Back when they were Fab, Beatles albums were always about the singles. So in a way, it's entirely appropriate that the biggest part of the buzz surrounding the release of "The Beatles Anthology 1" (Capitol 34445, two CDs, arriving in stores today) is a single.
It's not just any single, though. "Free as a Bird" was originally recorded as a demo by John Lennon in 1977, although what he put on tape was not a finished song, but a rough sketch.
Earlier this year, Paul McCartney, George Harrison and Ringo Starr came together and finished it, added vocals and instrumental arrangement and a couple of verses. The result is now being hawked as a new recording by the Beatles.
Is it, though?
Well, if having John, Paul, George and Ringo together in the studio at the same time is what it takes to make a "real" Beatles single, then I'm afraid you'll have to disqualify much of "The Beatles" (a k a "The White Album") along with "Free as a Bird." Nor is there anything especially untoward about McCartney completing one of Lennon's song fragments; as numerous post-break-up interviews attest, that was the duo's most common form of collaboration.
The music is another issue altogether. There's no denying that "Free as a Bird" is wondrously Beatlesque, from the dream blur of piano, bass and drums beneath the chorus to the eerie, Harrisonian slide guitar solo. Add in the classic close harmony work fleshing out the vocal and Ringo's as-always understated pulse, and all the familiar elements are clearly in place.
But should "Beatlesque" even count when talking about actual Beatles? Of course not, and only those who truly need to believe in a reunion will take this as being anything more than Paul, George and Ringo playing over an old John Lennon tape. Were truth-in-advertising laws more scrupulously enforced, the credits on "Free as a Bird" would read "By the Artists Formerly Known as the Beatles." Catchy and clever, but hardly a classic.
That said, it must be admitted that "Free as a Bird," trifling though it may be, is an ingenious bit of writing. At root, it's built around the classic four-chord loop (I, VI, IV, V) that was the foundation for dozens of doowop tunes, but Lennon cleverly twists the changes until the sound is familiar without seeming cliched.
It's the teasing familiarity of that harmonic cycle that gives the chorus its dreamy charm, and the peculiar processing added to Lennon's voice only enhances the effect. Unfortunately, there bTC isn't much else to the song; the "Whatever happened to " verse does a nice job of building enough harmonic tension to leave us grateful for the return of the chorus, and the solo is nicely diverting, but "Free as a Bird" is essentially a one-lick song.
Then again, "The Beatles Anthology" is pretty much a one-trick collection. After "Free as a Bird," the balance of its 60 tracks are given over to demos, live recordings, studio outtakes and other ephemera, all of it previously unreleased, none of it especially exciting. It is instructive, though. From "That'll Be the Day" and "In Spite of All the Danger," 1958 recordings by John, Paul and George's pre-Beatles band, the Quarrymen, to multiple, often hysterically misguided attempts at finding the right feel for "No Reply" or "Eight Days a Week," "The Beatles Anthology 1" offers numerous opportunities to hear how these four became the Beatles.
"That'll Be the Day," for instance, shows that their vocal acumen was in place from the first. Where many fledgling musicians sound awkward trying to imitate their idols, the young John Lennon had Buddy Holly's hiccups and drawl down cold; even better, Paul's harmony vocals are impressively smooth and assured. In spite of the group's instrumental inadequacies, it's easy to hear potential in these performances.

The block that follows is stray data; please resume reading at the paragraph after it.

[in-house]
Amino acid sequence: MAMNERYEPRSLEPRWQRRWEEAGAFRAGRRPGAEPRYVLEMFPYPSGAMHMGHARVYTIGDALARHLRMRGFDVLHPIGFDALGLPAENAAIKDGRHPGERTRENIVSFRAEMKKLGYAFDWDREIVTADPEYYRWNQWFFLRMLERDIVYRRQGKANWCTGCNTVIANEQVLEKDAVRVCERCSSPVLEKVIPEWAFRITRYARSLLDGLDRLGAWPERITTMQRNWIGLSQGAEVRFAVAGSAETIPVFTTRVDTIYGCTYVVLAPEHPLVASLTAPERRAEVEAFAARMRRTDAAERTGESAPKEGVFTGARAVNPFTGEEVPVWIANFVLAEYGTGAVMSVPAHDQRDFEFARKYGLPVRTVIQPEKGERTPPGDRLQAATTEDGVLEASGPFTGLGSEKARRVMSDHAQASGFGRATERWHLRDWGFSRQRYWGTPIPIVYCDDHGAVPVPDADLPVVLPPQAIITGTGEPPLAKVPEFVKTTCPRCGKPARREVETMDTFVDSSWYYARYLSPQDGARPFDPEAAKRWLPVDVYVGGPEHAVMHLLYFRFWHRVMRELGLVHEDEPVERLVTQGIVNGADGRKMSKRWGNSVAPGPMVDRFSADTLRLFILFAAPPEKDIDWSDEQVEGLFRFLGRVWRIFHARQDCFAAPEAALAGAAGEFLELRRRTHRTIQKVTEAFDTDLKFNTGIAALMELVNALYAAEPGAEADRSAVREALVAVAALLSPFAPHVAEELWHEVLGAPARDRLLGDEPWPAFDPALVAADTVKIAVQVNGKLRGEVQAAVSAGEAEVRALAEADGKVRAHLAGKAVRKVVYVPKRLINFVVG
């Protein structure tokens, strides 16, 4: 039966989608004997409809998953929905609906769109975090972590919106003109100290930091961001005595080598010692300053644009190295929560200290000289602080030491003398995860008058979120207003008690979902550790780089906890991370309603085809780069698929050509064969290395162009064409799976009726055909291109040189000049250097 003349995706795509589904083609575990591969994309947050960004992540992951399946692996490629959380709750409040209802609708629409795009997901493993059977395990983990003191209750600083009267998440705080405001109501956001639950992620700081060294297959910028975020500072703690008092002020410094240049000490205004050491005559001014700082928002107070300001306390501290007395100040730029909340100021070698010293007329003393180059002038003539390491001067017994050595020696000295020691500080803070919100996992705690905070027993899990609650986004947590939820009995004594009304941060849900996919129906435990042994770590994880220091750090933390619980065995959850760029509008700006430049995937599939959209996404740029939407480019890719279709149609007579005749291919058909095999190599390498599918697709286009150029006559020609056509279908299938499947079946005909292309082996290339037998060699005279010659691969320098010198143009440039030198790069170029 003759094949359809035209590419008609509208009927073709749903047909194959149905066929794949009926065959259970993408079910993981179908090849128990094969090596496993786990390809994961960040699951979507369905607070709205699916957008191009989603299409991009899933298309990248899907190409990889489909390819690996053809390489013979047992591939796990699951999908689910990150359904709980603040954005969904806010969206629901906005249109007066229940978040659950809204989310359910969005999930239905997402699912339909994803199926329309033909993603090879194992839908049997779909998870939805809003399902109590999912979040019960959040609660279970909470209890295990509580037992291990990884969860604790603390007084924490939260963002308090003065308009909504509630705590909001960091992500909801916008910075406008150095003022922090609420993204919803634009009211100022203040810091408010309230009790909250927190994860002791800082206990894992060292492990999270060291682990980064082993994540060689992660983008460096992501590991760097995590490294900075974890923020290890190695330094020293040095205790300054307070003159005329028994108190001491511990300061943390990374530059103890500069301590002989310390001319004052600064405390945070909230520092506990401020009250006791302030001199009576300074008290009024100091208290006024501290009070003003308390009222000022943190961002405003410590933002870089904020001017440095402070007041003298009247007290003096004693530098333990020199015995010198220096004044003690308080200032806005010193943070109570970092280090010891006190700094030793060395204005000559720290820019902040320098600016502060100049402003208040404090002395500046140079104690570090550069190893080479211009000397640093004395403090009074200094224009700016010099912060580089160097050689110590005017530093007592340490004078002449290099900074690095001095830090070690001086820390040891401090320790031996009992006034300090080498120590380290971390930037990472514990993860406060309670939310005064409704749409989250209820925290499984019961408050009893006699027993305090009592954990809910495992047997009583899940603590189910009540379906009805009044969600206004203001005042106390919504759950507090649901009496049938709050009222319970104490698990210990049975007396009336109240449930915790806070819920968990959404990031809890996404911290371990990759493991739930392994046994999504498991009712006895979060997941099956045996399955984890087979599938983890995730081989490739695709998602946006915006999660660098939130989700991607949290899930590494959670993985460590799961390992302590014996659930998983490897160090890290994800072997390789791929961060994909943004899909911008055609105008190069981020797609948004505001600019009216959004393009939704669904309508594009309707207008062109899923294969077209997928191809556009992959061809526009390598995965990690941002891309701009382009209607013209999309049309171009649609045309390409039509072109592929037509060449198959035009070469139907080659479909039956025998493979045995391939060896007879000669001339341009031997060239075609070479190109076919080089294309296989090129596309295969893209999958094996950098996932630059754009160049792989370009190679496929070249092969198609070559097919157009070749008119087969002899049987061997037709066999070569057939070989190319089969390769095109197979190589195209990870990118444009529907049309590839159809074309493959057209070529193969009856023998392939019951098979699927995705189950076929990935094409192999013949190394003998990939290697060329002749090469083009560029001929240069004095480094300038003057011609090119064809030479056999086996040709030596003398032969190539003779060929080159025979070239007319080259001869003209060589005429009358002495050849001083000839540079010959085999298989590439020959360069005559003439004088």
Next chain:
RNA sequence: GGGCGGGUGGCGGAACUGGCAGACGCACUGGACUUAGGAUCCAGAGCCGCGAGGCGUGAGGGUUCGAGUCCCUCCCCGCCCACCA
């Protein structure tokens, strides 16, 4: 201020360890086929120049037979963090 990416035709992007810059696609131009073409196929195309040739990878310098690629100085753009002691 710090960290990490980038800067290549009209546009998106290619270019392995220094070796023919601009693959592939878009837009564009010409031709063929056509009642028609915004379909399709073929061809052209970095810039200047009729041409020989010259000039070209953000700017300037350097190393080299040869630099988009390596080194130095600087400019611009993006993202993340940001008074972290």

The Beatles' Decca demos, on the other hand, are rather less than the lost gems some fans might have imagined. On the one hand, the Beatles are polished professionals by this point and have most of the characteristics we associate with the Beatles today; on the other, their taste in material and jokey delivery suggest not England's New Sensation but merely an unusually talented novelty act.
One thing those recordings do explain, though, is why Pete Best got the boot. Frankly, he was a mediocre drummer, lacking Ringo's flair for elegant fills and often unable even to keep steady time. Compare the witless clip-clop pulse he provides "Love Me Do" to Ringo's playing on "With the Beatles," and you'll never pity Best again.
Beyond that, the set is filled out with live recordings and studio outtakes. Among the former are such gems as "All My Loving" from their first "Ed Sullivan Show" appearance, "She Loves You," "Till There Was You" and "Twist and Shout" from the 1963 Royal Command Performance (it's really funny to hear them played off, theater-style, with a big-band version of "Twist and Shout"), and a stunning five-song set recorded for Swedish radio that includes a killer rendition of "Money."
Frankly, though, the outtakes make better history than they do casual listening. As much as might be learned by hearing the band stumble through an early attempt at "A Hard Day's Night," odds are that few fans will want to make regular listening of it.
This wasn't intended as a Beatles album in the usual sense. This isn't another "Abbey Road" or even "Let It Be"; it's a document of the past, a trip through the vaults, a useful accessory for anyone who has spent time with Mark Lewisohn's book, "The Beatles Recording Sessions."
Study it, and learn. Just don't expect to end up screaming "John! Paul! George! Ringo!"
'Beatles are back
hear "Free as a Bird" and other excerpts from the Beatles' new release, "The Beatles Anthology," call Sundial at (410) 783-1800 and enter the four-digit code 6101. For other local Sundial numbers, see the Sundial directory on Page 2A.